In our base instincts, we have a reflex reaction to danger (and often to any stressful situation). We are wired to react with “fight or flight.” We either fight back against the real or perceived danger, or we run from it. It is an instinct for self-preservation that causes this.
So, how do we read Jesus’ call to turn the other cheek? What about when someone does some injustice to us? Do we read it as an act of submission to evil?
Jesus’ teaching here is neither fight nor flight. We do not attack the one committing evil against us. We do not escalate the violence. But we do not run either. In order to turn the other cheek, we have to remain where we are to even give the other person the opportunity to do that. There are legitimate reasons to flee for self-preservation. There are legitimate reasons to fight. Just look for the Catholic Church’s criteria for a just war. But fight or flight are not the only possible alternatives. It is likely in many situations that the best alternative is the one that Jesus gives us.
Jesus calls us to stand our ground against evil, but in a non-violent way. We do not practice vigilante justice. We do not try to get “an eye for an eye.” Reactions to evil or violence with violence of our own do not bring an end. It more likely means an escalation of hostilities with more damage to come.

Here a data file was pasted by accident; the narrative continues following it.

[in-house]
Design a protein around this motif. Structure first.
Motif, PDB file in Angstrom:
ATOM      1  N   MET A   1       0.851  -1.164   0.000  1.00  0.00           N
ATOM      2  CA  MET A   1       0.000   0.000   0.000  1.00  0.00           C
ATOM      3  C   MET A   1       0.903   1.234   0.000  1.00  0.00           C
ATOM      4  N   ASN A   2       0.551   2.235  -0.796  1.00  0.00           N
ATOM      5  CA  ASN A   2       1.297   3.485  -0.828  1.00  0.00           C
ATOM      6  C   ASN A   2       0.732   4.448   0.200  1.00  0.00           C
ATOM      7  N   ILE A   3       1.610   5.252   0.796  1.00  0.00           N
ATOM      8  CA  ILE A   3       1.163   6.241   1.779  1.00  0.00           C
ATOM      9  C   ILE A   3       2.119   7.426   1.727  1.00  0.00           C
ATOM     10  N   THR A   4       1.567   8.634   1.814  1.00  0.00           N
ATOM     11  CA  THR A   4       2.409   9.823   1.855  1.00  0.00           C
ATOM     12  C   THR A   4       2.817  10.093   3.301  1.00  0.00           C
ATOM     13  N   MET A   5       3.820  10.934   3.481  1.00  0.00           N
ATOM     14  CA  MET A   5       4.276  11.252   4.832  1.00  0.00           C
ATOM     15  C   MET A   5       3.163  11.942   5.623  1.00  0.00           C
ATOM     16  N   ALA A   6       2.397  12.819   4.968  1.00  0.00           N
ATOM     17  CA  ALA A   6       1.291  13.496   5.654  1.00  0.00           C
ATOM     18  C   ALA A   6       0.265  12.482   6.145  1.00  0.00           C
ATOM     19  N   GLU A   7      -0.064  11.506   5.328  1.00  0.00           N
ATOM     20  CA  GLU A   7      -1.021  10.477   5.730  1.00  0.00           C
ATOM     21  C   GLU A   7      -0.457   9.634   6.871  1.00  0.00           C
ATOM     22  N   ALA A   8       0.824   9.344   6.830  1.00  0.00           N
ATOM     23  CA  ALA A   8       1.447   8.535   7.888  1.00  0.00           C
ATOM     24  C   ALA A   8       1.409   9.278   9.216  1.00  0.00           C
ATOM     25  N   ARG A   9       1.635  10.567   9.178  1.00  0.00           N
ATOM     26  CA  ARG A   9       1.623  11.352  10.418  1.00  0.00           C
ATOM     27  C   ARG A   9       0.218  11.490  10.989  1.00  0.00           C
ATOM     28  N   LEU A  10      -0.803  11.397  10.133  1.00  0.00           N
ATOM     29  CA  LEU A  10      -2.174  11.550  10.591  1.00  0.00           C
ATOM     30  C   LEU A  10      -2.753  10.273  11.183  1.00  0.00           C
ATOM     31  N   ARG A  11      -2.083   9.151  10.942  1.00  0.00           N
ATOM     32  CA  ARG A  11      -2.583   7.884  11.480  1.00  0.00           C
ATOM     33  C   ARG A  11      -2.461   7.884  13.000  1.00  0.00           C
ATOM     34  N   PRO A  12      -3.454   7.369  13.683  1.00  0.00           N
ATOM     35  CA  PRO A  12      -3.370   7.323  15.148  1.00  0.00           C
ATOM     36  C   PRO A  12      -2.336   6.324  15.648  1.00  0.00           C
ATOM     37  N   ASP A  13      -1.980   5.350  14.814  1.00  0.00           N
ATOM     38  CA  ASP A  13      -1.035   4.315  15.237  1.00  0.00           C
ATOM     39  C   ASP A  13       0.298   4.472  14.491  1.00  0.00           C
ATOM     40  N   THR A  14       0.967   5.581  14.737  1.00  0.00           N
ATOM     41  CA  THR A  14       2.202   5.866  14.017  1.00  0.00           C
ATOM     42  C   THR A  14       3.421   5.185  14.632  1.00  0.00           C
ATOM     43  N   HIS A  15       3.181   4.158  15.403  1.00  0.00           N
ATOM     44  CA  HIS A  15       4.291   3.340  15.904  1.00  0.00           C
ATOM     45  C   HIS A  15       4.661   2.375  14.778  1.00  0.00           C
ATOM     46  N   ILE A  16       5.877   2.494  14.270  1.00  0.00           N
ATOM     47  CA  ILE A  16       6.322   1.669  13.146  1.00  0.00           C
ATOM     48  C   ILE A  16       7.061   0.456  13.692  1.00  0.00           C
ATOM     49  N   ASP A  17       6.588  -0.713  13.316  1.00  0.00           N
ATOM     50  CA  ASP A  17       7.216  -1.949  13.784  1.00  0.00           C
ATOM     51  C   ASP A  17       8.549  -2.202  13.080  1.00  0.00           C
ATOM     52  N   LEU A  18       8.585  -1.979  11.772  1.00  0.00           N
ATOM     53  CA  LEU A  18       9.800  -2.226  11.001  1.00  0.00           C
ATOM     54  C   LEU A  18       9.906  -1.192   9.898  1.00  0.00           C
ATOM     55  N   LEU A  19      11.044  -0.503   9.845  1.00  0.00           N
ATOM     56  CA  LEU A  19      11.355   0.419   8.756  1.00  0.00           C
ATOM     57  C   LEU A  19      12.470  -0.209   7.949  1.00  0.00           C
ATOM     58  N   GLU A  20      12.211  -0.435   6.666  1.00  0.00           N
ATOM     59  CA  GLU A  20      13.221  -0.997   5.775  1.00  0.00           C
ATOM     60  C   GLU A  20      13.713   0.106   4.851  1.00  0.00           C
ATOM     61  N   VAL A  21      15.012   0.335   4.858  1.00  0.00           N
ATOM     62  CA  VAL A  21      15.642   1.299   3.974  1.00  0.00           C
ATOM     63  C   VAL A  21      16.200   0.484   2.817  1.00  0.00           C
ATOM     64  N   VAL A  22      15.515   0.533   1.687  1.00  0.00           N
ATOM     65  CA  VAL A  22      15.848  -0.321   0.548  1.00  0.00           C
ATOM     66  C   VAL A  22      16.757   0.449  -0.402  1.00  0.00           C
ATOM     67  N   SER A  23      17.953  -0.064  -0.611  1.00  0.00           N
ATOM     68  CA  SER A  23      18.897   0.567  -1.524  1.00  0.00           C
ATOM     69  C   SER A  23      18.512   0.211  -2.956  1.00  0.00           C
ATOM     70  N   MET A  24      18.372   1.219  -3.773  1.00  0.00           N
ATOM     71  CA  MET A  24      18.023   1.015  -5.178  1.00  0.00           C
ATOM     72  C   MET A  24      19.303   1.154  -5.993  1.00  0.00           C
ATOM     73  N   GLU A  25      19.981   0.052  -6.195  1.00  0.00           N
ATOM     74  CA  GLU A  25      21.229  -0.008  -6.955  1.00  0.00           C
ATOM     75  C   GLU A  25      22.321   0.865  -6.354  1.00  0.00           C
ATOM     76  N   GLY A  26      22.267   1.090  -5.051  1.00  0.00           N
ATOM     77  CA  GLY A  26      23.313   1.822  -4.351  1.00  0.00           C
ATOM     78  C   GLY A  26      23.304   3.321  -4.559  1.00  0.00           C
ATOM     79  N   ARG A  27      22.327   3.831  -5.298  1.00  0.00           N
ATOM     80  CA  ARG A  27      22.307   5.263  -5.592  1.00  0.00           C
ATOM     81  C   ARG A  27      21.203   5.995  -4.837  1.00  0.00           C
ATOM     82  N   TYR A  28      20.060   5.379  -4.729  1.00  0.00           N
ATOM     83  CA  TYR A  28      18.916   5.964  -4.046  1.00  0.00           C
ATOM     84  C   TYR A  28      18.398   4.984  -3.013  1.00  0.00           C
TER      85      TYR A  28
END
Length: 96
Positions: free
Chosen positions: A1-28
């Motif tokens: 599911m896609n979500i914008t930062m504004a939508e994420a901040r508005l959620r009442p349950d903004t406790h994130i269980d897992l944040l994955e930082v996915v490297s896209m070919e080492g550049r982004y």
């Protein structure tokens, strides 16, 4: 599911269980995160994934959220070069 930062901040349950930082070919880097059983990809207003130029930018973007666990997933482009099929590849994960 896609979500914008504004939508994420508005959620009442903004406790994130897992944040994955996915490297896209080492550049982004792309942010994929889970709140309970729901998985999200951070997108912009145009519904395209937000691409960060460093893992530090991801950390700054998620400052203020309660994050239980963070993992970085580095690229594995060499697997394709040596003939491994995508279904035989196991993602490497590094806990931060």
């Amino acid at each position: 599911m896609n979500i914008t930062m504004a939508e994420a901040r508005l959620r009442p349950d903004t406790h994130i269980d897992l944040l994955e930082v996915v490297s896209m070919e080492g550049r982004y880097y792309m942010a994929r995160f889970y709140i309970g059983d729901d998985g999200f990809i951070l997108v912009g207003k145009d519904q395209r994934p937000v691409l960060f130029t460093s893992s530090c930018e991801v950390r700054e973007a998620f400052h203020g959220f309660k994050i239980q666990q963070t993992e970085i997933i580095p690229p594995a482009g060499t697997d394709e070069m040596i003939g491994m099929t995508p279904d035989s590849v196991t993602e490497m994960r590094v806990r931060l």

Instead, we hold our ground, maintain our Christian attitude and our God-given dignity, and call out the evil. We allow evil to be seen for what it is. In surprising them with a firm but compassionate response, we open up the possibility of their conversion.
We must never think that we need their approval to have a firm sense of who we are. We must never think that another can take away our dignity. We only lose it when we choose to surrender it. Our dignity comes from God. It is inherent in who we are…in what we are. We are children of God. No behavior by another person can change this.
We have numerous examples of people who resisted evil using nonviolent means. Gandhi, Martin Luther King, and even Pope Saint John Paul II. All brought real change to our world. All did so without resorting to violence.
Can I resist the urge to fight or flee when faced with injustice? Can I discern when the best way is to neither fight nor flee?